Still several weeks behind on the classic album front. But I wanted to leave this one until I cam back from my holiday in South Africa – it’s Paul Simon’s Graceland.
Some Historical Context
I’m not sure I can remember a time when I didn’t know this album. When it was released I was frequenting the kinds of pubs and wine bars where it was being played constantly, so it soon injected itself into my consciousness. This is very much the music that I listened to a lot at the end of the 80s. Not just this album but (as for many other people) this is the album that opened my ears to the possibilities of World Music. I have this album to thank for a lot of the music that I still listen to today.
I loved the album, but for some reason I didn’t buy it. Well, not until earlier this year when I wanted to listen to it again just before I went to see Paul Simon celebrating the album’s 25th anniversary with a gig in Hyde Park.
The rest of this post will be written as I listen to the album.
1. The Boy in the Bubble
There are so many strong songs on this album, but I think this is my favourite. I love the accordion on it. It’s just such a happy song that draws you into the album. The lyrics are infectious and positive too – “These are the days / Of miracles and wonders”. I can’t listen to this song without grinning.
Anther great song. It’s probably the song that sounds most like Paul Simon’s previous work, but it has that great pedal steel guitar on it. Fabulous lyrics too.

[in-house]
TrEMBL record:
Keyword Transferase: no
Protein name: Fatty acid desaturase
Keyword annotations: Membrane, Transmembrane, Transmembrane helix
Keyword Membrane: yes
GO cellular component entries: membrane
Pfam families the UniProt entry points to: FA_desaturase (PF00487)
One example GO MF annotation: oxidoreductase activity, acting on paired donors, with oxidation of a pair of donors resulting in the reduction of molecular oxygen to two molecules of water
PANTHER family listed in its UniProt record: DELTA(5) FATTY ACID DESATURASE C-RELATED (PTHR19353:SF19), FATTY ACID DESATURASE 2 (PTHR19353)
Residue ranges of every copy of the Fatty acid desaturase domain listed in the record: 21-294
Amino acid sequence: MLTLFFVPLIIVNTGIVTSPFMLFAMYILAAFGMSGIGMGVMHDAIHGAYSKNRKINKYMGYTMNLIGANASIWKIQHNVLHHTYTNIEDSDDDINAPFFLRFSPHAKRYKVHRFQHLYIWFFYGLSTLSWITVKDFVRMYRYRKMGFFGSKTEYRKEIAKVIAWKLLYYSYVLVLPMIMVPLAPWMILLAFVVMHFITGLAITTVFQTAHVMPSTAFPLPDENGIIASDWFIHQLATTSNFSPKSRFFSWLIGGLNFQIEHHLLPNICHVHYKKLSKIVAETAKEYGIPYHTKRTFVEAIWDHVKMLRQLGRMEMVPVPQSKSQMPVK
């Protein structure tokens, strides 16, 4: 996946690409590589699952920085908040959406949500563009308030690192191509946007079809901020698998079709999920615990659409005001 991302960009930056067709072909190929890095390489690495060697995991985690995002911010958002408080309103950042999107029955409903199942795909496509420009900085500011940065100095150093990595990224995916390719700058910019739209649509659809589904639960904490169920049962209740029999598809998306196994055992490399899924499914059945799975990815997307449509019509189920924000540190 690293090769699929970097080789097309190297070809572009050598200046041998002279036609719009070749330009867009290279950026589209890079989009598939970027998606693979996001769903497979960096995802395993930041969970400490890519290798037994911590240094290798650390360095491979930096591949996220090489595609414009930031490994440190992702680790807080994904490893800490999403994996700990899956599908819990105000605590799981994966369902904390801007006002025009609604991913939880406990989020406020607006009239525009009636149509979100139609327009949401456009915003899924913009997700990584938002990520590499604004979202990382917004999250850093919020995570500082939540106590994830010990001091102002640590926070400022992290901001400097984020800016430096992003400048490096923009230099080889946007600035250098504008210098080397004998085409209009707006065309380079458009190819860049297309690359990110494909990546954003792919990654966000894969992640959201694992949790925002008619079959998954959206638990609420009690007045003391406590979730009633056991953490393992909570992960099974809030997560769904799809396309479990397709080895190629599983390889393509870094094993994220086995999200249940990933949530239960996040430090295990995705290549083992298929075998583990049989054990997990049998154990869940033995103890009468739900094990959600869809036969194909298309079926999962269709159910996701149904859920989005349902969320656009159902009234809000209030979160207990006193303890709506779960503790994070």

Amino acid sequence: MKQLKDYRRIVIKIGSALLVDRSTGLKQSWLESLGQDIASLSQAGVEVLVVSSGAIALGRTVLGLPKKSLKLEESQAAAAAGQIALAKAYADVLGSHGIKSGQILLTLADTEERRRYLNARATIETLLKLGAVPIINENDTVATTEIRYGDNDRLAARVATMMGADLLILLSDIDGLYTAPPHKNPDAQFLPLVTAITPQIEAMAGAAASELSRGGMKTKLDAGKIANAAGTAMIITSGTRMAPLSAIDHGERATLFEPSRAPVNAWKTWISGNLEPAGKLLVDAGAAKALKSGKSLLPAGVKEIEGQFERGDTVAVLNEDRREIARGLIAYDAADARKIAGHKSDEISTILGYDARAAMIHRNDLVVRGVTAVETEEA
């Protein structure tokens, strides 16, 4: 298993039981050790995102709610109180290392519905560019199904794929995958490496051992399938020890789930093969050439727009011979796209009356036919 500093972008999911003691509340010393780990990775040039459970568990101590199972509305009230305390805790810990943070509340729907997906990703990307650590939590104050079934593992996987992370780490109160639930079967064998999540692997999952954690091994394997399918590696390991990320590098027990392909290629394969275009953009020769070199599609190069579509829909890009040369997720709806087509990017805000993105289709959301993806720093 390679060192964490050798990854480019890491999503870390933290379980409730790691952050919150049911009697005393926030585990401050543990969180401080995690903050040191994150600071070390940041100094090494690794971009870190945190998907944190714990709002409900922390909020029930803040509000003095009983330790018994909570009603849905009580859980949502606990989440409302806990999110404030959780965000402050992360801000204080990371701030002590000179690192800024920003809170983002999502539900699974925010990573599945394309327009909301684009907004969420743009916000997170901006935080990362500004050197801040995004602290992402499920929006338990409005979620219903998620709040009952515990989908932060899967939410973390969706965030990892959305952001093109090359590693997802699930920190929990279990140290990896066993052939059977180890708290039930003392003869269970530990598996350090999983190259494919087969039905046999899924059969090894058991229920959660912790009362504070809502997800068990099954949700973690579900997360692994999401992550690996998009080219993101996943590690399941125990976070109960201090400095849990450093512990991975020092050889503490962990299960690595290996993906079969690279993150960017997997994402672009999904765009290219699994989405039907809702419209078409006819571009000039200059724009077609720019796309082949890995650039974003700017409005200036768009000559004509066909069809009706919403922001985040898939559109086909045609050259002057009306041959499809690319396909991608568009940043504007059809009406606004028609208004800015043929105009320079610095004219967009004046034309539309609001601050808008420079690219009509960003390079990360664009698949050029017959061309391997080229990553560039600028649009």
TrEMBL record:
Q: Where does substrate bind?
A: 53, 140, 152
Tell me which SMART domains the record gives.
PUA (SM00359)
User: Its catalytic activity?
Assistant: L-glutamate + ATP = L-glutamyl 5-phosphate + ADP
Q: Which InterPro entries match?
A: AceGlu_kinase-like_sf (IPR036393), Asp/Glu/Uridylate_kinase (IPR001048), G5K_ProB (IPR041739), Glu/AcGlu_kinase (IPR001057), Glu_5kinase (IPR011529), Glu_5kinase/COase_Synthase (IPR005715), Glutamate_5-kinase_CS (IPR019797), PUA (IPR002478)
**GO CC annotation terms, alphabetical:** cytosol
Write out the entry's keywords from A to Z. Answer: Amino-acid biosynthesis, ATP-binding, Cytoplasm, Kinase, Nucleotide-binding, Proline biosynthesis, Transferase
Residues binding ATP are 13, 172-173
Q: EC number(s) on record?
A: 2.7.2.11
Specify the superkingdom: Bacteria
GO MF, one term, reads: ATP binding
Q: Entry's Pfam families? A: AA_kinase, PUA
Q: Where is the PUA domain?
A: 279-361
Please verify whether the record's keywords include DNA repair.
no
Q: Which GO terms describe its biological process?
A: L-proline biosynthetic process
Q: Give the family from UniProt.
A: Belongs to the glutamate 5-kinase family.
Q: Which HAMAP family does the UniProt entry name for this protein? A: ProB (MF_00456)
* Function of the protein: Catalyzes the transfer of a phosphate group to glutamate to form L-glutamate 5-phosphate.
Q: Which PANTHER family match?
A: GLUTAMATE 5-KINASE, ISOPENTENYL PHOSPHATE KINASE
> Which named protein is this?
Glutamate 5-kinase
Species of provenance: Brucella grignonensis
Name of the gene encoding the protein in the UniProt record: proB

3. I Know What I Know
When I listened to this album last summer, it was probably the first time I had listened to it for about six or seven years. And I had completely forgotten about this song. Which is weird as I used to really love it. It’s a song that I used to play on the guitar. In some inexplicable way this seems to be a companion piece to Simon’s earlier “Late in the Evening”.
Every classic album must have a weakest track. And I think that this is Graceland’s. That’s not to say, at all, that it’s a weak track. It’s just that in amongst so many classics, this doesn’t quite cut it. On pretty much any other album, this would be a standout track. Never really understood that strange fade-out at the end though.
5. Diamonds on the Soles of Her Shoes
Is there any point in describing this? There can’t be anyone who doesn’t know exactly what this sounds like. And what a great song it is. Hearing it I always want to go out and buy Ladysmith Black Mambazo’s complete back catalogue.
6. You Can Call Me Al
This is the big hit single from the album. It must have been the lead single. Another one that everyone can sing along too. Do you remember Chevy Chase in the video?
7. Under African Skies
When I think of this album, this is the song that usually pops into my head first. I mentioned that I’ve recently been on holiday in South Africa. And this is the song that I found myself humming most often.
Another song that I absolutely love. The performance they did of this in Hyde Park last summer was just electrifying.
9. Crazy Love, Vol. II
This is another song that seems slightly ill at ease on this album. It’s a good song, but isn’t quite in the same league as most of the others.
10. That Was Your Mother
And this is another song that I had forgotten, but as soon as I heard it I remembered just how much I loved it.
11. All Around the World or the Myth of Fingerprints
Not the strongest track to end the album. I think that’s becoming quite a theme with these posts. Artists seem to push the better songs to the front of the album. I suppose that makes sense.
An absolutely astonishing album. And it still sounds as good as it did in 1986. They don’t get much better than this.